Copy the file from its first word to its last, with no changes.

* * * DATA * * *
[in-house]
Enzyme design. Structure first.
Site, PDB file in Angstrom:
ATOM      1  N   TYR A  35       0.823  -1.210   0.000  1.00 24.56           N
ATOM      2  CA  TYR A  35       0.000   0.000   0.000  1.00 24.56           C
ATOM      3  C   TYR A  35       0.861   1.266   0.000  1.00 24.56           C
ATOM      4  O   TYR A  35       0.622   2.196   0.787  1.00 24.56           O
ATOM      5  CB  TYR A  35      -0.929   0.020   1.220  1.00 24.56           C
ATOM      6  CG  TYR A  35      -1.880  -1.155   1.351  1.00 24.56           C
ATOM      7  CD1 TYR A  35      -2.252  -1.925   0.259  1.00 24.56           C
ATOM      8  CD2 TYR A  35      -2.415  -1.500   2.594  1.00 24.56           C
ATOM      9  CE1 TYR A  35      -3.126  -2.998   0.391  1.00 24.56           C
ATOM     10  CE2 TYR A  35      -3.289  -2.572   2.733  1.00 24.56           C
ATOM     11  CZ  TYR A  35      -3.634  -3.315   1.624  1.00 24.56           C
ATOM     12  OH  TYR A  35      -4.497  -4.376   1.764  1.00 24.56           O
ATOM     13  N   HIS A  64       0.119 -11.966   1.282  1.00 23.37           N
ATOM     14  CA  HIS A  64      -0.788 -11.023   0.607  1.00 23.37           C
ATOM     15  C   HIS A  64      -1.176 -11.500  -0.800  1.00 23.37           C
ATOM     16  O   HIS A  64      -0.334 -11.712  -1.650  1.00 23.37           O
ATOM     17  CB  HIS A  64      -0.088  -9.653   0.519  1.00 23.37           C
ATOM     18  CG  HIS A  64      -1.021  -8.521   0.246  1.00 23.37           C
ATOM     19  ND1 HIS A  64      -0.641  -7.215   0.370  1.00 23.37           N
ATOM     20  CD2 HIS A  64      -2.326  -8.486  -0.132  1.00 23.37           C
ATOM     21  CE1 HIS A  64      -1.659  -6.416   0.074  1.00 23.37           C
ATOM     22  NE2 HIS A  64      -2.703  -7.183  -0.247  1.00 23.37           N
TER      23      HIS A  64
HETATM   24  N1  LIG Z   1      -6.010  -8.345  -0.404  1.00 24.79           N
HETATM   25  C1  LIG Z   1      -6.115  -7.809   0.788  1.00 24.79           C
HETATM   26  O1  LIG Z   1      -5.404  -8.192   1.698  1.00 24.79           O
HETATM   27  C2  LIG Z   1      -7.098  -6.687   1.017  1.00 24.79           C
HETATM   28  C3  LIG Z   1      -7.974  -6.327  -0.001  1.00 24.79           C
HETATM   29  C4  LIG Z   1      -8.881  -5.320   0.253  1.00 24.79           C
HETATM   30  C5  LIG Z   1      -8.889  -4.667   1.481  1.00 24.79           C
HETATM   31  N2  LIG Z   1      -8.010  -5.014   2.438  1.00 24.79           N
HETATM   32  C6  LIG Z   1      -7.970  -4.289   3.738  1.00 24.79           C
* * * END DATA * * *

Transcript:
[in-house]
Enzyme design. Structure first.
Site, PDB file in Angstrom:
ATOM      1  N   TYR A  35       0.823  -1.210   0.000  1.00 24.56           N
ATOM      2  CA  TYR A  35       0.000   0.000   0.000  1.00 24.56           C
ATOM      3  C   TYR A  35       0.861   1.266   0.000  1.00 24.56           C
ATOM      4  O   TYR A  35       0.622   2.196   0.787  1.00 24.56           O
ATOM      5  CB  TYR A  35      -0.929   0.020   1.220  1.00 24.56           C
ATOM      6  CG  TYR A  35      -1.880  -1.155   1.351  1.00 24.56           C
ATOM      7  CD1 TYR A  35      -2.252  -1.925   0.259  1.00 24.56           C
ATOM      8  CD2 TYR A  35      -2.415  -1.500   2.594  1.00 24.56           C
ATOM      9  CE1 TYR A  35      -3.126  -2.998   0.391  1.00 24.56           C
ATOM     10  CE2 TYR A  35      -3.289  -2.572   2.733  1.00 24.56           C
ATOM     11  CZ  TYR A  35      -3.634  -3.315   1.624  1.00 24.56           C
ATOM     12  OH  TYR A  35      -4.497  -4.376   1.764  1.00 24.56           O
ATOM     13  N   HIS A  64       0.119 -11.966   1.282  1.00 23.37           N
ATOM     14  CA  HIS A  64      -0.788 -11.023   0.607  1.00 23.37           C
ATOM     15  C   HIS A  64      -1.176 -11.500  -0.800  1.00 23.37           C
ATOM     16  O   HIS A  64      -0.334 -11.712  -1.650  1.00 23.37           O
ATOM     17  CB  HIS A  64      -0.088  -9.653   0.519  1.00 23.37           C
ATOM     18  CG  HIS A  64      -1.021  -8.521   0.246  1.00 23.37           C
ATOM     19  ND1 HIS A  64      -0.641  -7.215   0.370  1.00 23.37           N
ATOM     20  CD2 HIS A  64      -2.326  -8.486  -0.132  1.00 23.37           C
ATOM     21  CE1 HIS A  64      -1.659  -6.416   0.074  1.00 23.37           C
ATOM     22  NE2 HIS A  64      -2.703  -7.183  -0.247  1.00 23.37           N
TER      23      HIS A  64
HETATM   24  N1  LIG Z   1      -6.010  -8.345  -0.404  1.00 24.79           N
HETATM   25  C1  LIG Z   1      -6.115  -7.809   0.788  1.00 24.79           C
HETATM   26  O1  LIG Z   1      -5.404  -8.192   1.698  1.00 24.79           O
HETATM   27  C2  LIG Z   1      -7.098  -6.687   1.017  1.00 24.79           C
HETATM   28  C3  LIG Z   1      -7.974  -6.327  -0.001  1.00 24.79           C
HETATM   29  C4  LIG Z   1      -8.881  -5.320   0.253  1.00 24.79           C
HETATM   30  C5  LIG Z   1      -8.889  -4.667   1.481  1.00 24.79           C
HETATM   31  N2  LIG Z   1      -8.010  -5.014   2.438  1.00 24.79           N
HETATM   32  C6  LIG Z   1      -7.970  -4.289   3.738  1.00 24.79           C